Beth’s comment:- The Lenape Indians thought it was rude/wrong to point a finger at another. When they wanted to get the attention of another in that direct way- they held up a feather.So- in my painting, the Lenape woman is holding a feather up to us- in an attempt to draw our attention to the abundance and wealth of resources at our disposal. It is a cautionary gesture. Her other hand is pointing downward toward the bed of oysters she stands on. In the water we will see fish and water-life revealed as well.
A small handful of artists stood on the littered filled beach in Croton Point Park shivering. It was 3:30 pm, afterschool on a Tuesday. The wind chill was strong enough where we felt the numbness in our covered toes & fingers. We met Chris Letts, a Hudson River Foundation educator, fishermen with a passion for history and nature on the shore for a beach combing experience. He wore shorts, leggings, a light anorak, bright eyes, and a big bearded welcoming grin. He was once described by a girl scout as “a wonderous creature“. I can not find more suitable words that fit him like this one.
At his feet lay an empty bucket, a pair of goggles, a single flip flop, a coconut and a piece of driftwood. He went through these items, mentioning the regularity with which these particular manmade pieces appear. The coconut at a time used to drift all the way from tropical islands, now immigrants in NY have contributed to it’s frequent appearance on the shoreline. When he came to the piece of wood, he stopped, took a sniff and said, “from a 1970 crate of heavy Scottish brandy.” We were all puzzled & amazed at the accuracy of his smell & laughed when we all caught on to his joke.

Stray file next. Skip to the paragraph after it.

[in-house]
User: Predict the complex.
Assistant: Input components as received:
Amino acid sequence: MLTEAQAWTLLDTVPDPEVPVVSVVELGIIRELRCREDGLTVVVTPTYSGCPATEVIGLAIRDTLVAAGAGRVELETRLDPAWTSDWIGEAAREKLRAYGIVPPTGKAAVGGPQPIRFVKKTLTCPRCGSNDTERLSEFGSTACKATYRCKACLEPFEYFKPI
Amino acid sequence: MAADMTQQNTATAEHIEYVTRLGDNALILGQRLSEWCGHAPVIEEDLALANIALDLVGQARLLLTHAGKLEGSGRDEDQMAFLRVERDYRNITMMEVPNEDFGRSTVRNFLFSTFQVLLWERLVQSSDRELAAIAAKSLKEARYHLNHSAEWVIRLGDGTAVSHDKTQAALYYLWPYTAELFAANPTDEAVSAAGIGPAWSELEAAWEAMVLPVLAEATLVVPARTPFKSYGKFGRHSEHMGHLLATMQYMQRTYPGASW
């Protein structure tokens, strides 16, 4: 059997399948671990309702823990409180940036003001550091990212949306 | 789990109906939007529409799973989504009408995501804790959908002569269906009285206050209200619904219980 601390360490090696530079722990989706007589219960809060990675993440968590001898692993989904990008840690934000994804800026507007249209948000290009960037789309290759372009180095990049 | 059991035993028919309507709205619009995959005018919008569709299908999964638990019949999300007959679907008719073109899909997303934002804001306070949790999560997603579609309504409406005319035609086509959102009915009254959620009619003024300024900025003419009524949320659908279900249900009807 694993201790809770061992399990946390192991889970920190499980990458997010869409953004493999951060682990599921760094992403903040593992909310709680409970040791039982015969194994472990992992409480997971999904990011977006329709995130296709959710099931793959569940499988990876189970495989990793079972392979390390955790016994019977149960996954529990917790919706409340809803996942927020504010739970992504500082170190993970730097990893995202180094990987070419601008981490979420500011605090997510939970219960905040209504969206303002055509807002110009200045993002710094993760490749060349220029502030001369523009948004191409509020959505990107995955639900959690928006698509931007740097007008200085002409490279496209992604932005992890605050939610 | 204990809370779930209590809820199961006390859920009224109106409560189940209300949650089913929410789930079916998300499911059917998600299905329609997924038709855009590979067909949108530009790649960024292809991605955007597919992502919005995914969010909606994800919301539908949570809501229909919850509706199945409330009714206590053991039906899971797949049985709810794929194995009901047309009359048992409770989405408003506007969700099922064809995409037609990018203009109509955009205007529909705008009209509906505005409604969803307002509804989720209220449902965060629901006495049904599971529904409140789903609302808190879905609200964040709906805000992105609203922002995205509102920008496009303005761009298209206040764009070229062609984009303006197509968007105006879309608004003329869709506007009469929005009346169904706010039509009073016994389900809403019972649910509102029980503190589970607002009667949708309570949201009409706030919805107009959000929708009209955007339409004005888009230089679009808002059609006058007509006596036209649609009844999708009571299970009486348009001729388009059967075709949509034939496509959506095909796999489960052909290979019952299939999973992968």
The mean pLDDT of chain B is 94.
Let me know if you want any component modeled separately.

We continued walking along the shore as he pointed out how the waves clearly sorted out the debris in a diagonal fashion. Weight, wind, and currents left an organized mess on the beach. Surprisingly, a majority of the “stuff” was natural. A few of us picked up unfamiliar objects that Chris identified, one by one. We moved from topics of endangered species, invasive ones, historical facts and movements of climate and impacts of man. We learned how one native species like the rainbow smelt, no longer are found in local waters due to rising temperatures.
The tour continued to Georges island where an active marshland is divided on one side by salty water, the other side by fresh. The story is the island got it’s name because every African American that passed through, many of which assisted in various farming industries including brick making was called “George”.
We ended the day with our extremities close to frozen and the sun setting as we drove by Greens Cove in Verplanck. Here Chris spotted an amazing bald eagle flying by. We stopped and found her hidden nest through his telescope sitting on the treetops across the river, out of mans reach, admiring her beauty.